Could everything we know about fossil fuels be wrong?
For decades, environmentalists have told us that using fossil fuels is a self-destructive addiction that will destroy our planet. Yet at the same time, by every measure of human well-being, from life expectancy to clean water to climate safety, life has been getting better and better.
How can this be?
The explanation, energy expert Alex Epstein argues in The Moral Case for Fossil Fuels, is that we usually hear only one side of the story. We’re taught to think only of the negatives of fossil fuels, their risks and side effects, but not their positives—their unique ability to provide cheap, reliable energy for a world of seven billion people. And the moral significance of cheap, reliable energy, Epstein argues, is woefully underrated. Energy is our ability to improve every single aspect of life, whether economic or environmental.
If we look at the big picture of fossil fuels compared with the alternatives, the overall impact of using fossil fuels is to make the world a far better place. We are morally obligated to use more fossil fuels for the sake of our economy and our environment.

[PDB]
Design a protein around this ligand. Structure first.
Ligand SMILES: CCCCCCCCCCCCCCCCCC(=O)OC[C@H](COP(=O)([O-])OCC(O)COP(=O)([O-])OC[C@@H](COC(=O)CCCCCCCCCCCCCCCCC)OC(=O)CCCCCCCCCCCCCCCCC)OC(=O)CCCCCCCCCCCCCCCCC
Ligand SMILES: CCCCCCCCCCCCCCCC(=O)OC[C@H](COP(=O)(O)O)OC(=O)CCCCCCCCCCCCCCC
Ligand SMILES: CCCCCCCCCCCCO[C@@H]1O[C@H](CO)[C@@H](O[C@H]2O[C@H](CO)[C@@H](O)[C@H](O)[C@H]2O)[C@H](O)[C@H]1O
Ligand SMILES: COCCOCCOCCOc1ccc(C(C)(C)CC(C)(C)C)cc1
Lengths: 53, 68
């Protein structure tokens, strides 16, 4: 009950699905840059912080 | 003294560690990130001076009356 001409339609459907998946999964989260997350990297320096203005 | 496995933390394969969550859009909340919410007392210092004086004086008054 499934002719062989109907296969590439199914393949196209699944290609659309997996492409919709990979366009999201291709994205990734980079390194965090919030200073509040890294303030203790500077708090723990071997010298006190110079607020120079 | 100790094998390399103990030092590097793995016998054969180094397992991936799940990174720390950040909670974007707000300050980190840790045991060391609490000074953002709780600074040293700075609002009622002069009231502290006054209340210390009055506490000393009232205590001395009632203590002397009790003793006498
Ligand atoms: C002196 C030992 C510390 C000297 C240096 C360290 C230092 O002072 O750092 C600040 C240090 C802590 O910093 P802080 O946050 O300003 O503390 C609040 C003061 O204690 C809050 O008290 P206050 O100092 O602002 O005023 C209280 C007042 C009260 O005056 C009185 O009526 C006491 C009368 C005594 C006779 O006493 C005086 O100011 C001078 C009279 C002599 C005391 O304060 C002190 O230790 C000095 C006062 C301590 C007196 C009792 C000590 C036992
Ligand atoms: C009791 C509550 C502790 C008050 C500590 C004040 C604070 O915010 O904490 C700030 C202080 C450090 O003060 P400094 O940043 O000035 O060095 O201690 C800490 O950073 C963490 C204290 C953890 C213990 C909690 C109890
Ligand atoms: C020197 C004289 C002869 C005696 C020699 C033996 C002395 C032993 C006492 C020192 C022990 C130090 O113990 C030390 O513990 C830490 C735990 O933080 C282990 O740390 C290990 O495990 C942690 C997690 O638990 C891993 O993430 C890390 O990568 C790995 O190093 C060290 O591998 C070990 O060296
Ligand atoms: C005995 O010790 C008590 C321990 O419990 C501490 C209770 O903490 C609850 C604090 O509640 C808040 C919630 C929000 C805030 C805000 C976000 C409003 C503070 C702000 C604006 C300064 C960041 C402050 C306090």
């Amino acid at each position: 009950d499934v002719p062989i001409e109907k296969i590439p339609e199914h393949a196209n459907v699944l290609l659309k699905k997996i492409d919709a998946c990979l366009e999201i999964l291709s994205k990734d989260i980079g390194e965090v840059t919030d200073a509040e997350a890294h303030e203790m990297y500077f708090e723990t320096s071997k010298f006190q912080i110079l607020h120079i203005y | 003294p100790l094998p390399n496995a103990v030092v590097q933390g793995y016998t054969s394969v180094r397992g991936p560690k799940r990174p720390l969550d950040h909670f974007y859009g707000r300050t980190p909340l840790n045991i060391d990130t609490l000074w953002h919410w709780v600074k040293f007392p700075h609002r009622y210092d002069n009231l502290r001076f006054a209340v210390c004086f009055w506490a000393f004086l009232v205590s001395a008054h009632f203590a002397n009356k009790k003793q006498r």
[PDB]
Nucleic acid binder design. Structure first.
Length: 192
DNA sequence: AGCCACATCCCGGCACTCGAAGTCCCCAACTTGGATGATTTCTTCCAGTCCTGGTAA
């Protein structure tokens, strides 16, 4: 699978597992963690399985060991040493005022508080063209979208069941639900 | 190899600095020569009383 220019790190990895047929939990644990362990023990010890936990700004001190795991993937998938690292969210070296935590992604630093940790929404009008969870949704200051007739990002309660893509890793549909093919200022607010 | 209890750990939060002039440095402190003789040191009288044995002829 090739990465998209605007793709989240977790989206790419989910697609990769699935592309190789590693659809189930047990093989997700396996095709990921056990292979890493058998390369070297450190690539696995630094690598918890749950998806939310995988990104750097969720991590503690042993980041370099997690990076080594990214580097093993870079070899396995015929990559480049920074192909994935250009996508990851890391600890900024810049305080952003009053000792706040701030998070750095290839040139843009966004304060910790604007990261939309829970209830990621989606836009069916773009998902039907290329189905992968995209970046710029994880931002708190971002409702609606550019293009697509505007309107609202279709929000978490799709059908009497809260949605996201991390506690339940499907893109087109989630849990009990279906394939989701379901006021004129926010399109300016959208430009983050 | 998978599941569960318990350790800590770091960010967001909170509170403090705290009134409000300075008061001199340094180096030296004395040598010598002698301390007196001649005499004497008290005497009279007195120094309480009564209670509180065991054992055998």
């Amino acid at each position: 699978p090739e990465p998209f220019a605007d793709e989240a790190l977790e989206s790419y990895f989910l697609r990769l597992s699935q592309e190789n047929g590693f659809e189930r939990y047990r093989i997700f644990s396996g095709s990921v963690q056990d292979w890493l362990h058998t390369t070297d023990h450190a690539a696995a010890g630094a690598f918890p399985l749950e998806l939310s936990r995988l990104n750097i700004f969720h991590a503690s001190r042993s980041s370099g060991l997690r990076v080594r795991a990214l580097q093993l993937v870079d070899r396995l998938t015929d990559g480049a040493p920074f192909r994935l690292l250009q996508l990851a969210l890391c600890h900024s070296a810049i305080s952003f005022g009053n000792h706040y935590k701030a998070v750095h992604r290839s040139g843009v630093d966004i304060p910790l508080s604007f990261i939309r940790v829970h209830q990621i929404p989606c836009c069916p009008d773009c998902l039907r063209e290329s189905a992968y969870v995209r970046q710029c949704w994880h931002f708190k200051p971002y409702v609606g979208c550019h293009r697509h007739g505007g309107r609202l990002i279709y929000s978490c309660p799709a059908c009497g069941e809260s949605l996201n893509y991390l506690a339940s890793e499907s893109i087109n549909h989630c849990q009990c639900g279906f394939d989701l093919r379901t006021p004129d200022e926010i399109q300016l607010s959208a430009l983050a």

“With more politicians in climate science than scientists, the refining fire of debate has devolved into the burning of heretics. Alex Epstein’s The Moral Case for Fossil Fuels may make your blood boil, but his cool reason and cold, hard facts will lead us beyond hysterics to a much better future.”
—PETER THIEL, technology entrepreneur and investor
“If you want to see the power of fine logic, fine writing, and fine research, read Epstein’s book. In my long career, it is simply the best popular-market book about climate, environmental policy, and energy that I have read. Laymen and experts alike will be boggled by Epstein’s clarity.”
—PATRICK J. MICHAELS, director, Center for the Study of Science, Cato Institute